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Jacqueline, this is Jay. I'll tap on to the second part of your question. There is 2 kind of unique components of the premium cloud editions. The first is kind of common across them, which are platform capabilities that offer a higher level -- higher service and support level, and in some cases depending on the product, higher storage levels as an example. The second component is premium features that really target more advanced and sophisticated users that are specific to products, and so roadmaps in Jira or usage analytics in Confluence are 2 of the examples. And so the customers that premium editions target are -- can be small and just more sophisticated users, but more often than not will be larger. So actually we're targeting absolutely the channels engaged in selling and supporting customers, both upgrading from standard cloud to premium editions, but in many cases just starting with premium.

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Operator [22]

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The next question comes from Keith Weiss with Morgan Stanley.

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Sanjit Kumar Singh, Morgan Stanley, Research Division - VP [23]

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This is Sanjit Singh for Keith Weiss. Congrats on a very strong Q4. I have 2 questions. The first is on the sort of cloud unit economics, if you will. You had a really nice chart in the earnings letter that basically shows a breakeven time between cloud and server of about 2 years and about 40% higher lifetime value. So to maybe dovetail on John's question, what do customers get for that for paying that extra 40% over 5 years? Is it more about the performance scalability? Or some -- is there a feature functionality aspect of this as well that gives the maintenance-based customers that nudge to move over to cloud?

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Michael Cannon-Brookes, Atlassian Corporation Plc - Co-Founder, Co-CEO & Director [24]

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Sanjit, look, from a pure value point of view, probably the biggest difference they get is, obviously, we're doing all the operations and maintenance of the software for them. So if you think about someone paying the licensing fee they then have to download, have their own server in-house, run their own upgrades, patches, et cetera, of the software that takes time as well as integrating it, connecting it to other things, administering it, that is a large lift that we can take off them. It's often well more than the price of the software itself. Obviously, we can provide that at a small uplift over a multiyear period, as you said, but we can scale that cost across many, many instances, right? Obviously, we're deploying tens of thousands of servers, if you want to think about it virtually on a constant basis we've automated all of it, and we can spread that cost across a lot of customers. At the same time, they get a better updated, more frequently updated application that should be faster, more secure, more scalable without them having to do anything, right? That's the goal of the cloud is it they just sign up with 10 users, and they can go all the way to 10,000, without really having to think too much about that scale effect. That's exactly what we do in R&D, and engineering teams make sure that that will happen for them. And obviously, any new innovations all the way through to new security patches get applied instantly. They just appear sort of magically for them. So it's a far better offering, it's generally the premise behind cloud software.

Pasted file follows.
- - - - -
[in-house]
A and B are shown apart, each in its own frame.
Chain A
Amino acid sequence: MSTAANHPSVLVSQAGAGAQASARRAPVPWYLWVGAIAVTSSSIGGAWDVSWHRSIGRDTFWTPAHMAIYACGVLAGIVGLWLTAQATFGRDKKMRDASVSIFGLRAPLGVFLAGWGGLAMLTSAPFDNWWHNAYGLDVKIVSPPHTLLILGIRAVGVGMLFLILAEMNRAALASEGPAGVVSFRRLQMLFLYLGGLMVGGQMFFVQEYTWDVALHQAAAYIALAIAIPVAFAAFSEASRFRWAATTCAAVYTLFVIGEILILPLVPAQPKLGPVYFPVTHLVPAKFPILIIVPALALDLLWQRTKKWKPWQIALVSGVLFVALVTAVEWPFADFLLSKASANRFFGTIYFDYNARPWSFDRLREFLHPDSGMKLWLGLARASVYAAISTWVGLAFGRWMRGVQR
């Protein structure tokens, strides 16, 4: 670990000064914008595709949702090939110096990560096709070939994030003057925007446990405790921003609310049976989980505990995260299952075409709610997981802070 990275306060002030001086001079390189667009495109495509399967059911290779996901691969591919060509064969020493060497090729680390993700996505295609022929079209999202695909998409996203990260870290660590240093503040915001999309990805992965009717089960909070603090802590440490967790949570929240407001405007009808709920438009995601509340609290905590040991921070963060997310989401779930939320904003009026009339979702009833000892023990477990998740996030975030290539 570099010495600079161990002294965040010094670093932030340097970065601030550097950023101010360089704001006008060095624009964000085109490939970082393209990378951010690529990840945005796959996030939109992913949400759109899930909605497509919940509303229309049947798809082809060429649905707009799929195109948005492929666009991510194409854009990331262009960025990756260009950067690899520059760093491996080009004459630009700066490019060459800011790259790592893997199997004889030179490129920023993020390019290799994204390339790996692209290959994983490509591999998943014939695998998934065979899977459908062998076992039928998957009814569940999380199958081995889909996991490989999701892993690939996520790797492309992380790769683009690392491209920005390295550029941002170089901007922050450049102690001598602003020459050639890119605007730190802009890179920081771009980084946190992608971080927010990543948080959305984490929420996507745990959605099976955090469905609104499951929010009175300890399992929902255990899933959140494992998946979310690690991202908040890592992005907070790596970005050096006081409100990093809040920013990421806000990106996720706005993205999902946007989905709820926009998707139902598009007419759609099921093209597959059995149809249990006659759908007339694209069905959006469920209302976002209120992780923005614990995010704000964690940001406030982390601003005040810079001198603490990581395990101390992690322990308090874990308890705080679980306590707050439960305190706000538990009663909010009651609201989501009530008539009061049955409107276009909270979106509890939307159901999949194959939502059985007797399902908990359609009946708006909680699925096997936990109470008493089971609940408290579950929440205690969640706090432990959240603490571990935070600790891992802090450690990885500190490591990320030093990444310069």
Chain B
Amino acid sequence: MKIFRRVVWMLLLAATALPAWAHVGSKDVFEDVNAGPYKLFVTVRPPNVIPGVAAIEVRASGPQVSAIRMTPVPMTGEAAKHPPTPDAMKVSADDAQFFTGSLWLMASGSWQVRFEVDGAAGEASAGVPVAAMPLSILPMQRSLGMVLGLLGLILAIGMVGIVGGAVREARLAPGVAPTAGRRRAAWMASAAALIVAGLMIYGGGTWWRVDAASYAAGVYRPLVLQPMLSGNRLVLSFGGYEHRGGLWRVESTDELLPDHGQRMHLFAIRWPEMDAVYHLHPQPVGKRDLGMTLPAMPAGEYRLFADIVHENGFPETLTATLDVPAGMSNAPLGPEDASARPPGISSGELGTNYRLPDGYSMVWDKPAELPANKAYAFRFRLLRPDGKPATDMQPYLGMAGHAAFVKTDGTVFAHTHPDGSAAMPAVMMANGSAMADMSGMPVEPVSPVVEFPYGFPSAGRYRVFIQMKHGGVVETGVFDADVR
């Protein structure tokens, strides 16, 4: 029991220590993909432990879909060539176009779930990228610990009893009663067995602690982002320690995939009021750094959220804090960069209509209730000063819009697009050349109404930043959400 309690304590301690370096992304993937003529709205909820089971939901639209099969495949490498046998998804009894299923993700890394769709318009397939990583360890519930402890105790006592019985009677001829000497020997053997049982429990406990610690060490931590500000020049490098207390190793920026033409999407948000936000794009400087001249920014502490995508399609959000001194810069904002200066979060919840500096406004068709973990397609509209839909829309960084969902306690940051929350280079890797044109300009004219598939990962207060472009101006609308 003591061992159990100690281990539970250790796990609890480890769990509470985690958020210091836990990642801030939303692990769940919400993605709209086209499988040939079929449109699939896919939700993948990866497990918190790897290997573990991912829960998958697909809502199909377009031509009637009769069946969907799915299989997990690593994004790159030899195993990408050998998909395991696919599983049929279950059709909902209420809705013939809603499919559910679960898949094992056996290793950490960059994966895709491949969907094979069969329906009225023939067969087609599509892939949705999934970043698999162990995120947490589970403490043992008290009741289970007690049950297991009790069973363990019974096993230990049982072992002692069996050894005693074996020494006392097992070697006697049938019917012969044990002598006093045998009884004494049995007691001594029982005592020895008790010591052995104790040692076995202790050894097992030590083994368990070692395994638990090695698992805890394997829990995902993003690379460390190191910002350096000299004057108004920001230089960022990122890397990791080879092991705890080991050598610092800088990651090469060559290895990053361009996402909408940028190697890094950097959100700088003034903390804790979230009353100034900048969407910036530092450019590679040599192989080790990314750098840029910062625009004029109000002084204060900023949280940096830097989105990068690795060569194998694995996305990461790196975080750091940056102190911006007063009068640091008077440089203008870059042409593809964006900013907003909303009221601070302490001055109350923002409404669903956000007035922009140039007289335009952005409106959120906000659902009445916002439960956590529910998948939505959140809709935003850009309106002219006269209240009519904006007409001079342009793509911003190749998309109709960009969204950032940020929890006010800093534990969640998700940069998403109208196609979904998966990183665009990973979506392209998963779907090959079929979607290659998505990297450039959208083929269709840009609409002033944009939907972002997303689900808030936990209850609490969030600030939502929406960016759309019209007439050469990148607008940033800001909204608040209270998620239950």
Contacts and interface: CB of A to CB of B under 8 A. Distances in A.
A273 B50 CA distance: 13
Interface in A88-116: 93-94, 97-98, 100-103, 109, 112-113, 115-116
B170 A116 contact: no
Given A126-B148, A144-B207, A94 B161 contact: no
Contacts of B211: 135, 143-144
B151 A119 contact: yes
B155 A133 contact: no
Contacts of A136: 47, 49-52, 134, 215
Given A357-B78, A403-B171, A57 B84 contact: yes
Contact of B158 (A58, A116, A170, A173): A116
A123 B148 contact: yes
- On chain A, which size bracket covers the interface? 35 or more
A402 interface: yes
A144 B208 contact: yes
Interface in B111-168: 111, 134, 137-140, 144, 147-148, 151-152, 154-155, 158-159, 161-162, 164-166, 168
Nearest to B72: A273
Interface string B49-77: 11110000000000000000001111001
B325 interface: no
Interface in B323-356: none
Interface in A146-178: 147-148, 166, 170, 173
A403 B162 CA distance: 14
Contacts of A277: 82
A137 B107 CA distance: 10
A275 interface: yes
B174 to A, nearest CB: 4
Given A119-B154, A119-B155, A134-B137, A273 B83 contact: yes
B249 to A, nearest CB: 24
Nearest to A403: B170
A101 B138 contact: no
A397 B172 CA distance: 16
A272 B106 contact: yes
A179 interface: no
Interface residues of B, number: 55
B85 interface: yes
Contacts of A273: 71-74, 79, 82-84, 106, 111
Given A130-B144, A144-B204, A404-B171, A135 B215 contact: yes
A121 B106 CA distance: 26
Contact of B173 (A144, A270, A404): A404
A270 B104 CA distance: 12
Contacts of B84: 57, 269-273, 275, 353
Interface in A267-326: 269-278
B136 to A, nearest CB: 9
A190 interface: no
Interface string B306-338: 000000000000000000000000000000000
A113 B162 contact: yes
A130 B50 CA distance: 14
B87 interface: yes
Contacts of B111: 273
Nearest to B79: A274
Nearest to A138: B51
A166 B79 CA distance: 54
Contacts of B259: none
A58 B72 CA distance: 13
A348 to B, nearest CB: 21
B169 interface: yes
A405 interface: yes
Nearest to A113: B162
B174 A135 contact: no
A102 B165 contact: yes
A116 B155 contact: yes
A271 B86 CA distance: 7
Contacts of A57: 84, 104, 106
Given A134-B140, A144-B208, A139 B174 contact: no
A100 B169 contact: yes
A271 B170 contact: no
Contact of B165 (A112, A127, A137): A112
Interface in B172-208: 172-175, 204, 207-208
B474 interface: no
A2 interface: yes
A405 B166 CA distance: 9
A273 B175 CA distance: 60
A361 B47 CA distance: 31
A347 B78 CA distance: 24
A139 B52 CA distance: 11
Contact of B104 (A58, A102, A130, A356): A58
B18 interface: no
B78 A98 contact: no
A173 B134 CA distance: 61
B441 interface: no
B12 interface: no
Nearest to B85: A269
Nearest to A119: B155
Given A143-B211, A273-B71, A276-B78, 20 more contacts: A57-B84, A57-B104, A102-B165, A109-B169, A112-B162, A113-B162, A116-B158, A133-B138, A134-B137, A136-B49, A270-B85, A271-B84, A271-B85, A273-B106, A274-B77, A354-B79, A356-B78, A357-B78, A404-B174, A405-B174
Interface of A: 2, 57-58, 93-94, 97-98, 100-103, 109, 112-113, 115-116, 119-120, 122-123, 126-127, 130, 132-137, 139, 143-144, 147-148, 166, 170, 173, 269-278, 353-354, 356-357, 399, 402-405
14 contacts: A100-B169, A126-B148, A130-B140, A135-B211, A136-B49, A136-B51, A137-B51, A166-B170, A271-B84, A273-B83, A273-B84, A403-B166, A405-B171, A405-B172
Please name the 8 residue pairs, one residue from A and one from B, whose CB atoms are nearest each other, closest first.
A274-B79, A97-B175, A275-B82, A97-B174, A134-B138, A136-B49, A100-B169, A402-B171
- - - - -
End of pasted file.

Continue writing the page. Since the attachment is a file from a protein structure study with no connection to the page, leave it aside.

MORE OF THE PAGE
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Sanjit Kumar Singh, Morgan Stanley, Research Division - VP [25]

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Understood. That's really helpful. And if I could revisit the pricing strategy question. So for the last 2 years, I think, about 2 years ago we moved to this cadence of the annual price increases, and the view was that it was going to be more predictable for the customer base to expect that on an annual basis. It seems like this year is a little bit of an anomaly, and I'm wondering is this sort of a -- should we look at this fiscal year '20 as a sort of anomaly given the sort of push to cloud and that we will visit that annual price increase on the server base after fiscal year '20? Or has the cadence on pricing changed with this cloud push?

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James A. Beer, Atlassian Corporation Plc - CFO [26]

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Well, the first thing I would say, Sanjit, is that as we think about pricing and packaging, we continue to be very focused on remaining the high-value, low-price leader. And we have said in the past and continue to believe that well, within that construct have continuing opportunities to make price changes very much commensurate with the value that we're delivering to our customers. Now obviously we've been talking quite a bit on this call already about our focus on the cloud and continuing to really bring more and more customers be they current, via migrations, or new customers into the Atlassian frame. And so I would expect that benefits around price increases on the cloud side of our business would probably be less so in fiscal '20 than was the case in fiscal '19.